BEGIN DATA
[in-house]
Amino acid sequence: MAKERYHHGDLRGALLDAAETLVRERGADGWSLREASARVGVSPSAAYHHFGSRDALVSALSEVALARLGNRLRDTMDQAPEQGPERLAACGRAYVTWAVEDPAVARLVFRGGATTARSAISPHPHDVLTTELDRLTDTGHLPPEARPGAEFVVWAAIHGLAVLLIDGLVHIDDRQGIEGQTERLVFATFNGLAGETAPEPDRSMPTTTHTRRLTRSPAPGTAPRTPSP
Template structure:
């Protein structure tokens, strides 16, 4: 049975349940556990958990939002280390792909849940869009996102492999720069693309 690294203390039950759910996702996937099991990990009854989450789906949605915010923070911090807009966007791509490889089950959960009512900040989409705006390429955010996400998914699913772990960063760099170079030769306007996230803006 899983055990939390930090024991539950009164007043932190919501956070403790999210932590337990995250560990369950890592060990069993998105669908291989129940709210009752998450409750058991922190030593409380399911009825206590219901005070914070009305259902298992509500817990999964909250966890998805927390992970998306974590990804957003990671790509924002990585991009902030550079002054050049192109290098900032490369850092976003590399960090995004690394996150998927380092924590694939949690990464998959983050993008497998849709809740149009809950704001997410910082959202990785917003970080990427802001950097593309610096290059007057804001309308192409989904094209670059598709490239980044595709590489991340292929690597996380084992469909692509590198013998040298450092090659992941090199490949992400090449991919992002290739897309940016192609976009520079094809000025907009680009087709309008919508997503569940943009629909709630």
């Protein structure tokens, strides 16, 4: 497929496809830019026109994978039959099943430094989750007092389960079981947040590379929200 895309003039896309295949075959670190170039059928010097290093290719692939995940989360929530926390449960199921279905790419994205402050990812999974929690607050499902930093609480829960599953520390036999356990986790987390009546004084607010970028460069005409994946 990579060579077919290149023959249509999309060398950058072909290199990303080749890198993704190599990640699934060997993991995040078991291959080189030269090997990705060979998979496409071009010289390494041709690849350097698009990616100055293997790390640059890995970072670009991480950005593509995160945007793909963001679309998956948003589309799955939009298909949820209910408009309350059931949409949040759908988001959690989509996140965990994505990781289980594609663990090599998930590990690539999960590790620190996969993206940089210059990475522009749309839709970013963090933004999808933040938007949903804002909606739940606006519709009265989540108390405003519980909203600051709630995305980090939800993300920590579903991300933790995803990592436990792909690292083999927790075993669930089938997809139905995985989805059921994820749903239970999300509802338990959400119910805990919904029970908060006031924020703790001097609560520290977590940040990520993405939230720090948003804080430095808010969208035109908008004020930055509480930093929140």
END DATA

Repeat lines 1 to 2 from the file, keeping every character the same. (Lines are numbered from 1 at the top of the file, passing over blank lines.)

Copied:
[in-house]
Amino acid sequence: MAKERYHHGDLRGALLDAAETLVRERGADGWSLREASARVGVSPSAAYHHFGSRDALVSALSEVALARLGNRLRDTMDQAPEQGPERLAACGRAYVTWAVEDPAVARLVFRGGATTARSAISPHPHDVLTTELDRLTDTGHLPPEARPGAEFVVWAAIHGLAVLLIDGLVHIDDRQGIEGQTERLVFATFNGLAGETAPEPDRSMPTTTHTRRLTRSPAPGTAPRTPSP